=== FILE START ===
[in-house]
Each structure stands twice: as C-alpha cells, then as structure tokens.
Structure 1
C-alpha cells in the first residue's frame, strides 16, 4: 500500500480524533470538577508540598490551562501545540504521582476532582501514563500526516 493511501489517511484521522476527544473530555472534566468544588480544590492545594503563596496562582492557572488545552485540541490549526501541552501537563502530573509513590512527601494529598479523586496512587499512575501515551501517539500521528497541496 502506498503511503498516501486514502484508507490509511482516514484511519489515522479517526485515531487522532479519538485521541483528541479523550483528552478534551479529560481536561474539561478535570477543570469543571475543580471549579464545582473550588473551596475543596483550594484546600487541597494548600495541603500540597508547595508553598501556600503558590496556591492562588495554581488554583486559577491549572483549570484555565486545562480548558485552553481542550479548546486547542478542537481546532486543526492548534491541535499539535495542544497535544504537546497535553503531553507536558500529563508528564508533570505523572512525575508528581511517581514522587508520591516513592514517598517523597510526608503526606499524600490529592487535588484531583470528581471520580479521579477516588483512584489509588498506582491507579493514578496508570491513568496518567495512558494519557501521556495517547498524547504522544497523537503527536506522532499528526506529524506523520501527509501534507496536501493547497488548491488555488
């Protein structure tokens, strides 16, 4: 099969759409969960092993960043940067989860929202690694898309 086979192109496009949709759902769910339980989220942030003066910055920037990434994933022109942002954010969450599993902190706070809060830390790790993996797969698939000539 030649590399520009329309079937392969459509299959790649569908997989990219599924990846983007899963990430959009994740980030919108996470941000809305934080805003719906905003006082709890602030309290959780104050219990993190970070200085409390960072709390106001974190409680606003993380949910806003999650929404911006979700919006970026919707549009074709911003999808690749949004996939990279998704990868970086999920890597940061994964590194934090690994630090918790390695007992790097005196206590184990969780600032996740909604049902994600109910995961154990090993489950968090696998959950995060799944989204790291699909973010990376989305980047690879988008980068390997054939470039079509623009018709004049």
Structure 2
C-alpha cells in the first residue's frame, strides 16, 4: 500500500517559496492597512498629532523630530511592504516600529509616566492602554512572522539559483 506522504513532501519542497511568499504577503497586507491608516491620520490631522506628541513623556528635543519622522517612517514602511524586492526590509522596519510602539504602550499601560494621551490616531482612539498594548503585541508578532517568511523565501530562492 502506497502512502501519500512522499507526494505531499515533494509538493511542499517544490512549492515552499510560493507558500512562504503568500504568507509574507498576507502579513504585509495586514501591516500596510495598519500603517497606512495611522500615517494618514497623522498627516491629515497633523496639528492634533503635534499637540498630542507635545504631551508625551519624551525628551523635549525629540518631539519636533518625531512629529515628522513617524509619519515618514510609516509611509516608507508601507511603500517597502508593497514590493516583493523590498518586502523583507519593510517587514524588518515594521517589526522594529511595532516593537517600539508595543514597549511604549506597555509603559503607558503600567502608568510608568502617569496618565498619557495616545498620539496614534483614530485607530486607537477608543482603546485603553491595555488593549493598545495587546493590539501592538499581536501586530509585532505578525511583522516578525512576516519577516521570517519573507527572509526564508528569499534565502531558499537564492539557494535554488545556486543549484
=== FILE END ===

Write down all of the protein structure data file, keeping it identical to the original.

[in-house]
Each structure stands twice: as C-alpha cells, then as structure tokens.
Structure 1
C-alpha cells in the first residue's frame, strides 16, 4: 500500500480524533470538577508540598490551562501545540504521582476532582501514563500526516 493511501489517511484521522476527544473530555472534566468544588480544590492545594503563596496562582492557572488545552485540541490549526501541552501537563502530573509513590512527601494529598479523586496512587499512575501515551501517539500521528497541496 502506498503511503498516501486514502484508507490509511482516514484511519489515522479517526485515531487522532479519538485521541483528541479523550483528552478534551479529560481536561474539561478535570477543570469543571475543580471549579464545582473550588473551596475543596483550594484546600487541597494548600495541603500540597508547595508553598501556600503558590496556591492562588495554581488554583486559577491549572483549570484555565486545562480548558485552553481542550479548546486547542478542537481546532486543526492548534491541535499539535495542544497535544504537546497535553503531553507536558500529563508528564508533570505523572512525575508528581511517581514522587508520591516513592514517598517523597510526608503526606499524600490529592487535588484531583470528581471520580479521579477516588483512584489509588498506582491507579493514578496508570491513568496518567495512558494519557501521556495517547498524547504522544497523537503527536506522532499528526506529524506523520501527509501534507496536501493547497488548491488555488
């Protein structure tokens, strides 16, 4: 099969759409969960092993960043940067989860929202690694898309 086979192109496009949709759902769910339980989220942030003066910055920037990434994933022109942002954010969450599993902190706070809060830390790790993996797969698939000539 030649590399520009329309079937392969459509299959790649569908997989990219599924990846983007899963990430959009994740980030919108996470941000809305934080805003719906905003006082709890602030309290959780104050219990993190970070200085409390960072709390106001974190409680606003993380949910806003999650929404911006979700919006970026919707549009074709911003999808690749949004996939990279998704990868970086999920890597940061994964590194934090690994630090918790390695007992790097005196206590184990969780600032996740909604049902994600109910995961154990090993489950968090696998959950995060799944989204790291699909973010990376989305980047690879988008980068390997054939470039079509623009018709004049």
Structure 2
C-alpha cells in the first residue's frame, strides 16, 4: 500500500517559496492597512498629532523630530511592504516600529509616566492602554512572522539559483 506522504513532501519542497511568499504577503497586507491608516491620520490631522506628541513623556528635543519622522517612517514602511524586492526590509522596519510602539504602550499601560494621551490616531482612539498594548503585541508578532517568511523565501530562492 502506497502512502501519500512522499507526494505531499515533494509538493511542499517544490512549492515552499510560493507558500512562504503568500504568507509574507498576507502579513504585509495586514501591516500596510495598519500603517497606512495611522500615517494618514497623522498627516491629515497633523496639528492634533503635534499637540498630542507635545504631551508625551519624551525628551523635549525629540518631539519636533518625531512629529515628522513617524509619519515618514510609516509611509516608507508601507511603500517597502508593497514590493516583493523590498518586502523583507519593510517587514524588518515594521517589526522594529511595532516593537517600539508595543514597549511604549506597555509603559503607558503600567502608568510608568502617569496618565498619557495616545498620539496614534483614530485607530486607537477608543482603546485603553491595555488593549493598545495587546493590539501592538499581536501586530509585532505578525511583522516578525512576516519577516521570517519573507527572509526564508528569499534565502531558499537564492539557494535554488545556486543549484